Seeking Your Mother’s Approval

You have feelings about your career choice. Your mother has feelings about her son/daughter and about herself as the parent of an underpaid employee.

This “judgement” is a confession, not an accusation. Many mothers are entirely preoccupied with their own distress, their own anger, to listen to your perspective. Your mother is in no position to tell you what you are and are not. That accusation keeps you proving to her over and over that you are not foolish. But no matter how much you try it’s never enough to satisfy her.

You aren’t guilty. But you plead your case to defend yourself against your mother’s false accusations. You take her accusations literally, personally, and serious. When you do, you make the mistake of choosing to plead your case in an imaginary court of law with a judge and jury of one. You defend your innocence to avoid being convicted as guilty and deserving punishment.

It doesn’t work. Your mother hasn’t change her mind and your pleas are disregarded. Thus, you feel like you failed to make your case, which only compounds the guilt and escalates the miscommunication as you retaliate with your own blaming accusations.

Yet, feelings of worthlessness, pessimism and anger color our thought processes without our even knowing it. These feelings are not facts, and they are not even conscious.

Many of us were told as children, that it’s not nice to feel certain things. We were taught to label some feelings as bad or negative states and hesitate to acknowledge them. Happy, grateful, sad, angry, jealous or disappointed all are feelings. Feelings are neither good nor bad, feelings just are.

For example, when you see a painting, you usually know instantly whether you like it or not. But if someone asks you to explain why you like it, you may not be able to. You may not really know why you think something is good, but your logic is skilled at making up reasons. You search for a plausible reason for liking the painting and you latch on to the first reason that makes sense (maybe something vague about color, or light, or the reflection of the paint). Yet, these justifications are rationalizations or just superficial excuses to justify your personal taste. Many arguments are the same. Two people feel strongly about an issue, their feelings come to the surface and their reasons why, are invented on the fly.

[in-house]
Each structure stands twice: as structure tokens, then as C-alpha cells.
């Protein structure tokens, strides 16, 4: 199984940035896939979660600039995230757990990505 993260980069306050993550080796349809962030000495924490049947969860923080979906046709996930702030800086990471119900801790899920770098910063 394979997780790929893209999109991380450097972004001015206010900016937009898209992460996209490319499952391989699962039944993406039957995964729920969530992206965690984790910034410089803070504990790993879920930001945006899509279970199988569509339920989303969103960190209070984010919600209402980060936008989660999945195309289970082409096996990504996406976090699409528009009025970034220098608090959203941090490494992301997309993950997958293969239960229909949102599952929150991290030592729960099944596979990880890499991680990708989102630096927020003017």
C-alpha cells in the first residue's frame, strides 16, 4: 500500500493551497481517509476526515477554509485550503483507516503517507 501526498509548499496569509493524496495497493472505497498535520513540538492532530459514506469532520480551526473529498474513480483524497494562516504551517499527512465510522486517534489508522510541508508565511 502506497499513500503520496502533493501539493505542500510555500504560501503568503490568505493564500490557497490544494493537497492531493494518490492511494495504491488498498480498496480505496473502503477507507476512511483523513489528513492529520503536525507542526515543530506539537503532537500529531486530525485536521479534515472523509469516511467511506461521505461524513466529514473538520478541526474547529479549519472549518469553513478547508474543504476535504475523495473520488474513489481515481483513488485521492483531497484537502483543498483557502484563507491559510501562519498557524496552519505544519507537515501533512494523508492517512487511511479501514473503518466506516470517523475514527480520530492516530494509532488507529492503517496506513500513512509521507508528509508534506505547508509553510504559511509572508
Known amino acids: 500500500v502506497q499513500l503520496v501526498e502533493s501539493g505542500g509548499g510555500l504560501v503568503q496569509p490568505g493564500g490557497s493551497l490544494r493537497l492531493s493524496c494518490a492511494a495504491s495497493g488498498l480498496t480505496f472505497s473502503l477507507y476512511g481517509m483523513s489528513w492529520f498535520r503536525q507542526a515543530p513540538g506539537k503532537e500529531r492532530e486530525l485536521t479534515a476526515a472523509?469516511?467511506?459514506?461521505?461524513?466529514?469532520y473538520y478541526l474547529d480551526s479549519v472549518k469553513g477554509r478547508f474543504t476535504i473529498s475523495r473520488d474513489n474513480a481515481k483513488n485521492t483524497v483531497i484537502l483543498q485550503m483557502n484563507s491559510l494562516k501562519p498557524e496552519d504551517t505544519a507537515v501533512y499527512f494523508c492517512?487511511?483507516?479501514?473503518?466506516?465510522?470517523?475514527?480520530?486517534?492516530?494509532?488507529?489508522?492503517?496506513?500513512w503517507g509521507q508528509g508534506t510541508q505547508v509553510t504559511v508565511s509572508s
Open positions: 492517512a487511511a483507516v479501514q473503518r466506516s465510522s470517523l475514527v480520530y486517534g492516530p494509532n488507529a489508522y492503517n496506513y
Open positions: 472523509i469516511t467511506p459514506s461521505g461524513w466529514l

The real issue amounts to something that sounds like it came from a child: “I am right and you are wrong,” “I am smart and you are stupid,” “I want my way.”

This is why it is mistaken to believe that we are rational human beings.  We are using our “rationality” to over-compensate for our feelings of when inadequacy in other areas of our lives.  We deceive ourselves from our true motives by disguising our efforts to explain, as “helping” the other person.

Instead of giving well-intentioned advice, it is more productive to find out what please us.

1. What Pleases Me?
 The first difficulty in carrying this out, is that people do not know what pleases themselves. They have been so busy living up to others standards of good or bad, they have not had the confidence to develop standards of their own. I tell my clients to choose to do something that they would have passed up for concern of what others might think. We can decide that we have as much right to do it as anyone else. We can catch ourselves about to discount it as “scary,” “pointless” or “frivolous.” These are obstacles from our past, which prevents us from changing for the better. We can also catch ourselves about to reject this opportunity, because it might not turn out perfectly. Instead, we can agree it doesn’t have to.

2. I Have To Choose
. Now we come to a second difficulty. Performing this task requires a choice. If we don’t make choices for our own happiness, who will? Many people are not used to making choices because they do not trust their own judgment (it is not good enough). Many people feel obligated to depend on the “superior” judgment of others. The necessity of making choices on our own behalf is an act of control. This is not merely reacting anymore, this is initiating an action. That can be scary for some. What if we make a mistake? That’s where courage comes in. Courage is the willingness to take a risk by doing what is hard and doing it anyways. This includes the risk of making a mistake. By making a choice anyways and using their courage it is a success. Success comes from doing what is hard. Making a choice for ourselves for the first time is hard and that is why it is a success regardless of the outcomes.

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Shared by: Aaron Karmin, LCPC, Contributing Blogger

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